Gesellschaft Zur Emanzipation des Samples
By Joel Elliott | 9 December 2009
As a Ryerson grad student I go to class, work, and otherwise practically live just around the corner from Toronto’s infamous Yonge-Dundas Square. I get the sense the place isn’t well-liked by people who, like myself, have to maneuver through its congested sidewalks to get where they need to be, as opposed to just coming down there to shop. Despite its massive advertisements, it will never be as immense as Times Square, not to mention the fact that it erases both the history of New York which it superficially “quotes” from, as well as Toronto itself, in the sense that the whole thing was practically reconstructed overnight.
Besides being a prime example of modern urban alienation (did I mention I’m a grad student?), Yonge-Dundas Square is an ironic place for a filmmaker to work. There is very little that can be shot without, at least theoretically, infringing on copyright, since nearly every space is filled with advertisements. While it seems relatively clear (as far as anything is clear in copyright law) that filming a copyright-protected advertisement, despite its position in a so-called “public” space, is a legal infringement, the ownership of “aural space” seems a lot muddier. This is the space which is contested in Jan Jelinek’s Gesellschaft Zur Emanzipation des Samples (Society for the Emancipation of Samples), which is both a musical project and presumably at the very least a propositional model for how loopholes in sampling laws might be found—or, barring that, a collective slush fund for fees incurred by copyright infringement on the part of the would-be organization’s members.
The two pragmatic functions of the project seem almost at odds with each other. Either Jelinek has found a legitimate loophole, or corporate money will always win and all time and energy should be devoted to allowing artists the financial means to work freely without the constraints of copyright. Jelinek admits the potential conflict in his extensive “linernotes” (read by a computer-generated voice on the last track—clearly he sees no separation between the theoretical and musical components of the project), which establish the project as “raising more questions than answers.” Jelinek’s clearly not a lawyer, and I’m not either, though I’d probably cast my lot with the latter function: it seems to me if any loophole poses a legitimate threat, then eventually it will be effectively challenged by corporate power.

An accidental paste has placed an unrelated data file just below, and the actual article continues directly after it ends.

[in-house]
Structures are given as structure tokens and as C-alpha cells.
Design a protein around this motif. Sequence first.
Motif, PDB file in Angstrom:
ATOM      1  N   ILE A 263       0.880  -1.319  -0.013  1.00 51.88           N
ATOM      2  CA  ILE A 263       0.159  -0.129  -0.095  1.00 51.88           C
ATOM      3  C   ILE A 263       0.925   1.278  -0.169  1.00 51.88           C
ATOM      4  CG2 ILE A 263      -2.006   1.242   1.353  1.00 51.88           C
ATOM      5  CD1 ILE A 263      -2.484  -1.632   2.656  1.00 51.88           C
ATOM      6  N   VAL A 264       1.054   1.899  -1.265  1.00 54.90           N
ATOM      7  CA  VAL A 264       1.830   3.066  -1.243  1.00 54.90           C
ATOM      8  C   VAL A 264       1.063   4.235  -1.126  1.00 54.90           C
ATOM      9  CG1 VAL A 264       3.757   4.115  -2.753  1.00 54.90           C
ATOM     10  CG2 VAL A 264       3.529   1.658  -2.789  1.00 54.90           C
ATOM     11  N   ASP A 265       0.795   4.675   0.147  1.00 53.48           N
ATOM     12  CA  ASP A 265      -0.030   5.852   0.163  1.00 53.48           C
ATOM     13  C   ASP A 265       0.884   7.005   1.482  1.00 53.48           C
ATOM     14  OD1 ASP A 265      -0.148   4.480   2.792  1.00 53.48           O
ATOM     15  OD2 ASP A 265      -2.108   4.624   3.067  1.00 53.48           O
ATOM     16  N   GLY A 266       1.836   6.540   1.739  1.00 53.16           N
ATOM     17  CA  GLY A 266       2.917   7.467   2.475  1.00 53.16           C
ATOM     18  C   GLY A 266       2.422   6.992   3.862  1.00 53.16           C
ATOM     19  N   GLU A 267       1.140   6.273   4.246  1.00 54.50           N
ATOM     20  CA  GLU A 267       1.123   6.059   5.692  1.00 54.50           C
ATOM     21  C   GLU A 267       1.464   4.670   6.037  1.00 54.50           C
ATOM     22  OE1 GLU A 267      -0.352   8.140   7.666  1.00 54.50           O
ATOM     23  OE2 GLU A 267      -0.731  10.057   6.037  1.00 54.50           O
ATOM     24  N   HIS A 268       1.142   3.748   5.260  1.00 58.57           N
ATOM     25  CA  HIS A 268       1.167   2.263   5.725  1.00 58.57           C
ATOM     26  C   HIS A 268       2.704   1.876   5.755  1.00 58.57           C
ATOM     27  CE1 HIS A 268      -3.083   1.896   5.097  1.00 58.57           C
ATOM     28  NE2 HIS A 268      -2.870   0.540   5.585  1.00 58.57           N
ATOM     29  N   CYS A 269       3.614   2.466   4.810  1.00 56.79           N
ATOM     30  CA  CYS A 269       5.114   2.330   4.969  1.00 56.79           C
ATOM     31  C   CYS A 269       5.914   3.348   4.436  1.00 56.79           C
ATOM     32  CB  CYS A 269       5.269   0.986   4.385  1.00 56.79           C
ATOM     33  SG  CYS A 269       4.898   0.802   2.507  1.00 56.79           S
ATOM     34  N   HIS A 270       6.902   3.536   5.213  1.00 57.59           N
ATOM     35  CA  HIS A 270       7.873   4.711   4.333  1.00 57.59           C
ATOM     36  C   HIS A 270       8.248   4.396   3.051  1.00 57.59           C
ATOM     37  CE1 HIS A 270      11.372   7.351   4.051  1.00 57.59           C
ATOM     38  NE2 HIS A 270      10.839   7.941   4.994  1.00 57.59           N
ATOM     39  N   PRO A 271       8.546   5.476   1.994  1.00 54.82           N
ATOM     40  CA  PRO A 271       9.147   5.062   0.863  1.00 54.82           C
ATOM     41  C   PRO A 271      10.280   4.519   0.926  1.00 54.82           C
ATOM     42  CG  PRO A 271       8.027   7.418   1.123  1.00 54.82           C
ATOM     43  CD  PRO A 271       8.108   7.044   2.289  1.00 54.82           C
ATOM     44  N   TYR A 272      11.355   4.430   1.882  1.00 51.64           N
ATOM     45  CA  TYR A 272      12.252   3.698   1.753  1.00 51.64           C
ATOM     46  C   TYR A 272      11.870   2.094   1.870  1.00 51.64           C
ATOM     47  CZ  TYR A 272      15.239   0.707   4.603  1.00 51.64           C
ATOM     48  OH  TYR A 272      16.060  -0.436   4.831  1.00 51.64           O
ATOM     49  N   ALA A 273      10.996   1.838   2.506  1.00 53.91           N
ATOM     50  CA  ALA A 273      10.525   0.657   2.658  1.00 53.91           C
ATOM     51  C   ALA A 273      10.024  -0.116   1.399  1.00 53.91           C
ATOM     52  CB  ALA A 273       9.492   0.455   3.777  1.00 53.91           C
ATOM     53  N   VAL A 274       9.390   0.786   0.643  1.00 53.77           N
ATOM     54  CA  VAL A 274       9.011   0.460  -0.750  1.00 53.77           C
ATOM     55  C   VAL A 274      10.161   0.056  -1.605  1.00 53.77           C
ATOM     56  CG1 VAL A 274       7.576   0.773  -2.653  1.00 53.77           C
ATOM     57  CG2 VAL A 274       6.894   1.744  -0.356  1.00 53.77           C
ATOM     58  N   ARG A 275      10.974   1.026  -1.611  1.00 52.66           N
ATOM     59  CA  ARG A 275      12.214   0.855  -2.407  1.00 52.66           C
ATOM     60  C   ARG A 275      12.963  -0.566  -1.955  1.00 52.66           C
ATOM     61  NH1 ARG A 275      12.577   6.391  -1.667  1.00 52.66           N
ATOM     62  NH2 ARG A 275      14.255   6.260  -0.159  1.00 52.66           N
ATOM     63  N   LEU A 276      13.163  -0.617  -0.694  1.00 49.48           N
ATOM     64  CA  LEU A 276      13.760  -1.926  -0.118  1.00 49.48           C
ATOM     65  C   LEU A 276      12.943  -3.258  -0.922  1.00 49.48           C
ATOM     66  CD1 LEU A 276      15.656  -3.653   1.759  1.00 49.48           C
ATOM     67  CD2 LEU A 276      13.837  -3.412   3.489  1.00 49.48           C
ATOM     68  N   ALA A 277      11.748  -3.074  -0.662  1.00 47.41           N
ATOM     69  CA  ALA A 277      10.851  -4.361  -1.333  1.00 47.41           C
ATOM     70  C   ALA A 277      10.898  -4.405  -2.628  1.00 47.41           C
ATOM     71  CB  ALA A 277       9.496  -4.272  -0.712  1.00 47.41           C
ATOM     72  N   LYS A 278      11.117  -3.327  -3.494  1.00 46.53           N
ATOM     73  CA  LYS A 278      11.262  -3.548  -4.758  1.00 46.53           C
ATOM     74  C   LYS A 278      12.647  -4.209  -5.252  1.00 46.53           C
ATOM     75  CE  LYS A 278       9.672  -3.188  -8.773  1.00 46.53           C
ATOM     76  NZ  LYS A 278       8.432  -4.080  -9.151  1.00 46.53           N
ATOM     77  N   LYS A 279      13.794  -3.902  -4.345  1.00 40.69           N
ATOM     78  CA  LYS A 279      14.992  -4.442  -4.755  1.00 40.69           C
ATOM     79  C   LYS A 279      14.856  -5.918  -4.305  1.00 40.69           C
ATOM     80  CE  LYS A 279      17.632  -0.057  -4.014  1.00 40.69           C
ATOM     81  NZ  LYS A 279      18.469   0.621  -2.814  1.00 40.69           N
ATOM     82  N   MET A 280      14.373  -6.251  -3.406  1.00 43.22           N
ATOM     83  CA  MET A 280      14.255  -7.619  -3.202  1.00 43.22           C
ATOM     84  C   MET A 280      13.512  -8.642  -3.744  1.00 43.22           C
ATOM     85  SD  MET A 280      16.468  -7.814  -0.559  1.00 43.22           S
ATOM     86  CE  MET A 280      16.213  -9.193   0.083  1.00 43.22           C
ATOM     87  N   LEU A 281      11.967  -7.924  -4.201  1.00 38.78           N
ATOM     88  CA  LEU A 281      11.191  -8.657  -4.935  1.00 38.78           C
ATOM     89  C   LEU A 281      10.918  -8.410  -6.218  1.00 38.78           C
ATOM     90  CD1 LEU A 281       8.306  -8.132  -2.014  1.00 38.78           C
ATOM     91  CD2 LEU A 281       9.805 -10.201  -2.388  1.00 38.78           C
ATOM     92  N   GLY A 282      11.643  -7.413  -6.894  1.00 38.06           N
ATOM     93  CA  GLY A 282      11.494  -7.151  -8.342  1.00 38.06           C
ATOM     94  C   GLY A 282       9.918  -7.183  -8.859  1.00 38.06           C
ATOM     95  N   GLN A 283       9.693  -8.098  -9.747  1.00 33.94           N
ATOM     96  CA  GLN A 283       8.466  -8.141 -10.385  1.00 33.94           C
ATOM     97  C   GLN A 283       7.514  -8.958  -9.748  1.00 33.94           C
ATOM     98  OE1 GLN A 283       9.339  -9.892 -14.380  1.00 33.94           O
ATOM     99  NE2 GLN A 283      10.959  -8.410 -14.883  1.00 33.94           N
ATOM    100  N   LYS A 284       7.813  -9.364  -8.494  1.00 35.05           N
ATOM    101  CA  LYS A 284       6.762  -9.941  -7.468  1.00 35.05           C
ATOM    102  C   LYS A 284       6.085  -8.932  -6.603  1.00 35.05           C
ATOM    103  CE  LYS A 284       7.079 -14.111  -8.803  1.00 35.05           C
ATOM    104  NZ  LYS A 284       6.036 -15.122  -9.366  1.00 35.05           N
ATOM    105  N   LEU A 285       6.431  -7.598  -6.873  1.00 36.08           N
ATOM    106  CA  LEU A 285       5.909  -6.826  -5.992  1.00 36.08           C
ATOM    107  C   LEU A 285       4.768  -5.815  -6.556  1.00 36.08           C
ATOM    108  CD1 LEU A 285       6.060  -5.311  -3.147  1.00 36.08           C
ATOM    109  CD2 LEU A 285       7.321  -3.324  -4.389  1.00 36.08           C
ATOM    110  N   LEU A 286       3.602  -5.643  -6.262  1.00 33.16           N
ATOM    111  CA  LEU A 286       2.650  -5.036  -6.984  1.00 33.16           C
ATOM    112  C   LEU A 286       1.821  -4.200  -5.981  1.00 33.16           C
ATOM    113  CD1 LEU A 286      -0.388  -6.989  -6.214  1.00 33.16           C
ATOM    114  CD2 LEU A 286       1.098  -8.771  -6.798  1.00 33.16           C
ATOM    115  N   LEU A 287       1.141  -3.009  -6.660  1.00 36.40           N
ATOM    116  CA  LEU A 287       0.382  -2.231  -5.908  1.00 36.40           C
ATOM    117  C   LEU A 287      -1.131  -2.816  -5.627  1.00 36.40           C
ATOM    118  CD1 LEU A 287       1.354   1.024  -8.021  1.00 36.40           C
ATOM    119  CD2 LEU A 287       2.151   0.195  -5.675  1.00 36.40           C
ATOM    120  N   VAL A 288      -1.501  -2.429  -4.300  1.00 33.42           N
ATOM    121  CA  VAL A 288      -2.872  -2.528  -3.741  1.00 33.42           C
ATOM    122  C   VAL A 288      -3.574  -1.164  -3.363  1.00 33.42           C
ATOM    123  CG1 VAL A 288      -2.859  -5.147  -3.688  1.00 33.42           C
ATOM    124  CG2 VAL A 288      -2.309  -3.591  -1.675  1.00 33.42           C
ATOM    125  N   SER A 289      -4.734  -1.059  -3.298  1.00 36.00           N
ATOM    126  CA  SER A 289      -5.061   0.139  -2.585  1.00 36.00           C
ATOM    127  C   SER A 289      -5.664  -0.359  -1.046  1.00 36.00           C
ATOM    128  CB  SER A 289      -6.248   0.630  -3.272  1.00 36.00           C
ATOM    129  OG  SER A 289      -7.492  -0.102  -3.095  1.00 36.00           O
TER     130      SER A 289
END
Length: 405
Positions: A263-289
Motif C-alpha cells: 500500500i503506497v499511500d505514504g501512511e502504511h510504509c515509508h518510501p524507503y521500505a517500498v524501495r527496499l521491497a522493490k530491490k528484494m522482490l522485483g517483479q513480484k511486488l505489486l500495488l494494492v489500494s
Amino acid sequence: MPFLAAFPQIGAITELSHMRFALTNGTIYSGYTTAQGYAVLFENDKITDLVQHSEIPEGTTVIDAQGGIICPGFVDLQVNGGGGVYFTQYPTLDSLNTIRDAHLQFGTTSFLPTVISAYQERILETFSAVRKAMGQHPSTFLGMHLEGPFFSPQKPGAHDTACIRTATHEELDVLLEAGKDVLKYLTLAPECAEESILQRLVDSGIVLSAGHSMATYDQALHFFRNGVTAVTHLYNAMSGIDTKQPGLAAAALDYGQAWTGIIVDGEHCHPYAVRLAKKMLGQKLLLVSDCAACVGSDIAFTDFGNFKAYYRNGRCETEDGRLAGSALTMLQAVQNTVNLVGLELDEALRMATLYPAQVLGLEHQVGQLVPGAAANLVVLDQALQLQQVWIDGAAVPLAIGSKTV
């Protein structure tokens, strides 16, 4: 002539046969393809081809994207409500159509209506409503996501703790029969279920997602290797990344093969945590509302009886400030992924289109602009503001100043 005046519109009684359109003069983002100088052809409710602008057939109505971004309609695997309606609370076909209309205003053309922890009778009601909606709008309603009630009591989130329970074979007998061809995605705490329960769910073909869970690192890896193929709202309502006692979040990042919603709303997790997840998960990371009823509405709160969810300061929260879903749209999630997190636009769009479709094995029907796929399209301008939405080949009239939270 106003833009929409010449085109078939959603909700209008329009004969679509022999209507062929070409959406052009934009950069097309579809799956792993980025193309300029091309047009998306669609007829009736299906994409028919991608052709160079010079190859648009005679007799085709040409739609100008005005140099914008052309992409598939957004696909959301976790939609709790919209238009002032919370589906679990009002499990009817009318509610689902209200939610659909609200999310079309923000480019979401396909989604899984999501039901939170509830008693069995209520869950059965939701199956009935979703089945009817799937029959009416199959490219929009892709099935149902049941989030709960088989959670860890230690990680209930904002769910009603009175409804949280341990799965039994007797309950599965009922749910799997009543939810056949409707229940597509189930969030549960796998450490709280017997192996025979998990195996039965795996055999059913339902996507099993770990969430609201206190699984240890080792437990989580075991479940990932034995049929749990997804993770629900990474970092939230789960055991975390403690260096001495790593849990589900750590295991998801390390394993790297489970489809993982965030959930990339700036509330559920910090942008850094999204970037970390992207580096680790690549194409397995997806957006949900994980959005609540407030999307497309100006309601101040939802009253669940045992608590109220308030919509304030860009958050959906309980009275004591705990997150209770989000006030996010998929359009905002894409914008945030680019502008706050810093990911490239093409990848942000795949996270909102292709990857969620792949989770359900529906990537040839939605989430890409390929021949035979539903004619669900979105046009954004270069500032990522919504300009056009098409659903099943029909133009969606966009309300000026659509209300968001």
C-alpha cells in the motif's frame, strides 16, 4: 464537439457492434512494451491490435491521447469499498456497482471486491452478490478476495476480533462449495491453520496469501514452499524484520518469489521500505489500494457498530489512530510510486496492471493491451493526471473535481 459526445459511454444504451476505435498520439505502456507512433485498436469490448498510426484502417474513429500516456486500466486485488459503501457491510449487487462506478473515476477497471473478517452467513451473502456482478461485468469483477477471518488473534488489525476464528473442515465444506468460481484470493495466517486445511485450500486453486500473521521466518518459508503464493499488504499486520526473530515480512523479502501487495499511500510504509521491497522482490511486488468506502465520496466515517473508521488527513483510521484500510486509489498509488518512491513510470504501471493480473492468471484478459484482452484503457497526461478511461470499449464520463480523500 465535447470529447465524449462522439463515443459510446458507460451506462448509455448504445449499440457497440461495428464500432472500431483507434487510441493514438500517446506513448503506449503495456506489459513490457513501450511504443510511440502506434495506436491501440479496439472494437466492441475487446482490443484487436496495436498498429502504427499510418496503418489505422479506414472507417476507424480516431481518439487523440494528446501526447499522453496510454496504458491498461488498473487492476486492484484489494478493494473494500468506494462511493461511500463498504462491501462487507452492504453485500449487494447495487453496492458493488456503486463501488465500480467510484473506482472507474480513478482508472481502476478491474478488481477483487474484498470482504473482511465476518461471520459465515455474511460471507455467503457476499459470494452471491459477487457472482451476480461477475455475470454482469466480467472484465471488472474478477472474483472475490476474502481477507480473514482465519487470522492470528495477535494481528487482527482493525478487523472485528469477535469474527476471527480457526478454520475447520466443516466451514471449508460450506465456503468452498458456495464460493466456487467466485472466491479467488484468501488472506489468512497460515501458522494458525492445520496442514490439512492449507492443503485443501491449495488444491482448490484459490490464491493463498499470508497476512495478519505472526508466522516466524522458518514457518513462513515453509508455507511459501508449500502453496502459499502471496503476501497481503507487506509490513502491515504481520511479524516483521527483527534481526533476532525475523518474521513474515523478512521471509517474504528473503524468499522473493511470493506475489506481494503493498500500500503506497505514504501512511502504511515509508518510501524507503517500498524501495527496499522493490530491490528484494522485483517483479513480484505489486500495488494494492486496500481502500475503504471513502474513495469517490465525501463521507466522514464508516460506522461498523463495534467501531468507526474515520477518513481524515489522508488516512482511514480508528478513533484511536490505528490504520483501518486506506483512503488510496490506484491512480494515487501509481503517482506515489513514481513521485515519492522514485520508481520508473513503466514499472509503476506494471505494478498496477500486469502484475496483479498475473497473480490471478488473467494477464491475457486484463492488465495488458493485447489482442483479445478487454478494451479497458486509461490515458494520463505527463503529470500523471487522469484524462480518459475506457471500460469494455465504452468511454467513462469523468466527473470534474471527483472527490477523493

If Circulations doesn’t pose a legitimate threat, it may be because its technique is too esoteric to be widely-adopted. Still, the strategy is fascinating: after hearing songs like “Born to Run” and “Sexual Healing” playing out of the P.A. of a fairground carousel, Jelinek was inspired to record popular music in various public environments, suggesting that if the recorded music just happened to be a part of the ambient noise, it might not be an infringement of copyright. At the very least, the recording goes a long way towards initiating a dialogue about the privatization of public space and the way popular music becomes a part of a social environment. “Artists” like Girl Talk have been retroactively assigned as pillars of the battle for free use of sampling, while more innovative collectors like DJ/rupture have always been about mixing global styles to advocate a kind of shared consciousness. Gesellschaft Zur Emanzipation des Samples is the first example, to my knowledge, of the battle against copyright law as an a priori rationale for a musical project.
All this will probably have the unfortunate effect of dwarfing the actual music, which is a haunting update of musique concrète, albeit constantly veering into abstraction. Opener “Laokoon, Orinoco, Oberhausen” is a woozy, funhouse mirrors trip, stringed instruments frantically racing up and down the scale with what sounds like dozens of caged animals. It doesn’t sound like pop music, but it does sound like the multitude of voices and attractions you’d witness at a carnival. “Mount Zermatt (In Dub)” is a surreal masterpiece, wherein Jelinek somehow manages to blend taut, high-tempo orchestral music into incidental dinner noises.
This abstraction is somewhat problematic, not that it doesn’t sound great, but that the numerous samples Jelinek uses are completely unidentifiable. When it does sound like other music, it recalls 20th century classical, ’50s sci-fi soundtracks and early tape collages. It’s rather banal to think that he might never have legal issues for the simple reason that it would be nearly impossible to prove those samples are in there. In that respect, when he rather abruptly announces all the popular music that lies buried underneath his music on the second track, it comes off as a bit of a provocation: perhaps an attempt to lure would-be lawsuits to prove a point, or at the very least, to underscore a relationship to the samples that would otherwise be only implicit. In the “Linernotes” the computer voice says, “We will always be able to decipher and disassociate ‘Sexual Healing’ from the random noise of public space,” and yet ironically, except for the background music on that track in particular, we can’t.
Still, whether he acknowledges it or not, the way Circulations teeters on the verge of sourcelessness is intriguing for its own reasons. The carousel is an appropriate metaphor: in the blur of movement (slowed down here, as well as sped-up) we lose the distinction between objects, and consequently what is “public” or “private.” Pre-recorded music becomes as spontaneously-generated and allusive—“belonging” to no one—as random crowd noises. All these concrete ideas begin to blur too, but that’s merely the tension inherent in any attempt to balance art and political action.